Hutchison, KD; Mahoney, RL; Iisager, BD (2013). Discriminating sea ice from low-level water clouds in split-window, mid-wavelength IR imagery. INTERNATIONAL JOURNAL OF REMOTE SENSING, 34(20), 7131-7144.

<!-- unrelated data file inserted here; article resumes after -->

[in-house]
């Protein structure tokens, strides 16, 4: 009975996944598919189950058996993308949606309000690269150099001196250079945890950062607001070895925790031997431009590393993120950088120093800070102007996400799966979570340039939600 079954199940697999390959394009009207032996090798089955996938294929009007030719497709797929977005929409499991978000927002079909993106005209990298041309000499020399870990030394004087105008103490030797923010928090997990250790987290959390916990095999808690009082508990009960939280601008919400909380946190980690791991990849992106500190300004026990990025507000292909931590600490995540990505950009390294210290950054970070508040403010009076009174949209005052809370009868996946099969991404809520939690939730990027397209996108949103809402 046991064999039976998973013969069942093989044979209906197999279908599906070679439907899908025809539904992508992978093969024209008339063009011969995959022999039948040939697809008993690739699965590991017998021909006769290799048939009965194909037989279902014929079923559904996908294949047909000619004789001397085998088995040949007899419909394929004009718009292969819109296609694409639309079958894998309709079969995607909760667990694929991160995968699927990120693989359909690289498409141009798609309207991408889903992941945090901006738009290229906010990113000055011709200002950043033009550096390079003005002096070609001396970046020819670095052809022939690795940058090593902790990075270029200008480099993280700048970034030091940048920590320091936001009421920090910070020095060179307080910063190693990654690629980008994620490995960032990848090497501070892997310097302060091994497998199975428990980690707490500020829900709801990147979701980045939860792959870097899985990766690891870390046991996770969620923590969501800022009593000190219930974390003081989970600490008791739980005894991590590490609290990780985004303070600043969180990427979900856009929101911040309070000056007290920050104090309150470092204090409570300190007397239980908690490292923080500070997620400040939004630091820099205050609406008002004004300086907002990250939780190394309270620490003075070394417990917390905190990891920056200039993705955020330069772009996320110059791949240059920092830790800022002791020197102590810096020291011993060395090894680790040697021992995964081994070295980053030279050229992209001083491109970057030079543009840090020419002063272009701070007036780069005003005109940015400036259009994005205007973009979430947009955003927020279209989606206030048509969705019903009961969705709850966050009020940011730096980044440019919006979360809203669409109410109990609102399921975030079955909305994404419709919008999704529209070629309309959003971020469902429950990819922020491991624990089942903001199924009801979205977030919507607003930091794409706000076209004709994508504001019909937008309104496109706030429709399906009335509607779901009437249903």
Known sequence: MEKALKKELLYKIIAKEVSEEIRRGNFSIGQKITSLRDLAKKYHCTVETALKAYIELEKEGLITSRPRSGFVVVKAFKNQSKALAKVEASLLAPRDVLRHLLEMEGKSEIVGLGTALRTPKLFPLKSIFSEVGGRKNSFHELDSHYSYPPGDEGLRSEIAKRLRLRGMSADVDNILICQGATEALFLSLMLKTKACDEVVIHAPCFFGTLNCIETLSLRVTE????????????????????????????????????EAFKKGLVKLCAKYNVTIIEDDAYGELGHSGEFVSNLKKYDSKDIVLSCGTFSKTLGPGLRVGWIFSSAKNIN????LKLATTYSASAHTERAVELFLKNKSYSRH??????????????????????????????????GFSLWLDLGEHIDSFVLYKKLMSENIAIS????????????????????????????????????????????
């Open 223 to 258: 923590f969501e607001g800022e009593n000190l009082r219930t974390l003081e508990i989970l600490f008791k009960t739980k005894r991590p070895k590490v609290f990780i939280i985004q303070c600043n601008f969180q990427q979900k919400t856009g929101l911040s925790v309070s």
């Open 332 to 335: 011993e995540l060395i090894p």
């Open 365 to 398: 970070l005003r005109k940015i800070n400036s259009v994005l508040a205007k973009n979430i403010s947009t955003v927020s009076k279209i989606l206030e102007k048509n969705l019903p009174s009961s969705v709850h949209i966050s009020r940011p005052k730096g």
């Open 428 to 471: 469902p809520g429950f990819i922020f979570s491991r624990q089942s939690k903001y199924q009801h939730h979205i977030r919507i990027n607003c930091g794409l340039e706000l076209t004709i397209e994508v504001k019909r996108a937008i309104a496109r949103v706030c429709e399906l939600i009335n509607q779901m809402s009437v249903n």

A technique is demonstrated to enhance the contrast between sea ice and low-level water clouds. The approach uses the brightness temperature difference (BTD) feature from data collected in the split-window, mid-wavelength infrared (IR) region (i.e. two bands at 3.7 m and 4.0 m). These spectral data are available with Visible Infrared Imager Radiometer Suite (VIIRS) moderate-resolution bands M12 and M13, respectively. Under daytime conditions, the data collected in these bands contain energy that originates from both the sun and the Earth-atmosphere system. Due to the small wavelength difference between these, the terrestrial energy component in the bands is typically quite similar as are the surface reflectances for sea ice and ocean surfaces. Thus, the enhanced contrast between sea ice and water clouds, evident in a M12-M13 BTD image, results from differences in the solar energy, which decreases rapidly across this atmospheric window. Observed BTD values for water clouds can exceed 30K, while those for snow-ice fields are typically much smaller (e.g. 0-5K). Thus, water clouds appear bright in the image while sea ice, oceans, and most land surfaces are very dark. The enhanced contrast in the split-window, mid-wave IR BTD image makes it valuable for both image analysis and use in cloud algorithms. In addition, these images support the creation of manually generated cloud masks that have been shown useful for quantitatively evaluating the performance of automated cloud analysis algorithms and cloud forecast models. In this article, the value of 3.7 m minus 4.0 m BTD imagery for distinguishing between sea ice and low-level water clouds is shown using VIIRS data collected over the Beaufort Sea on 31 May 2012. Manually generated cloud masks, derived in part from these data, are then used to quantitatively evaluate the effectiveness of various cloud tests, including those used in the VIIRS cloud mask algorithm and the Moderate Resolution Imaging Spectroradiometer (MODIS) cloud mask algorithm. The results strongly suggest that split-window, mid-wavelength IR imagery provides valuable information to help differentiate between clouds and sea ice. It is concluded that collecting data in these mid-wavelength IR bands should be considered part of any future satellite sensor designed for environmental monitoring, especially over the polar regions.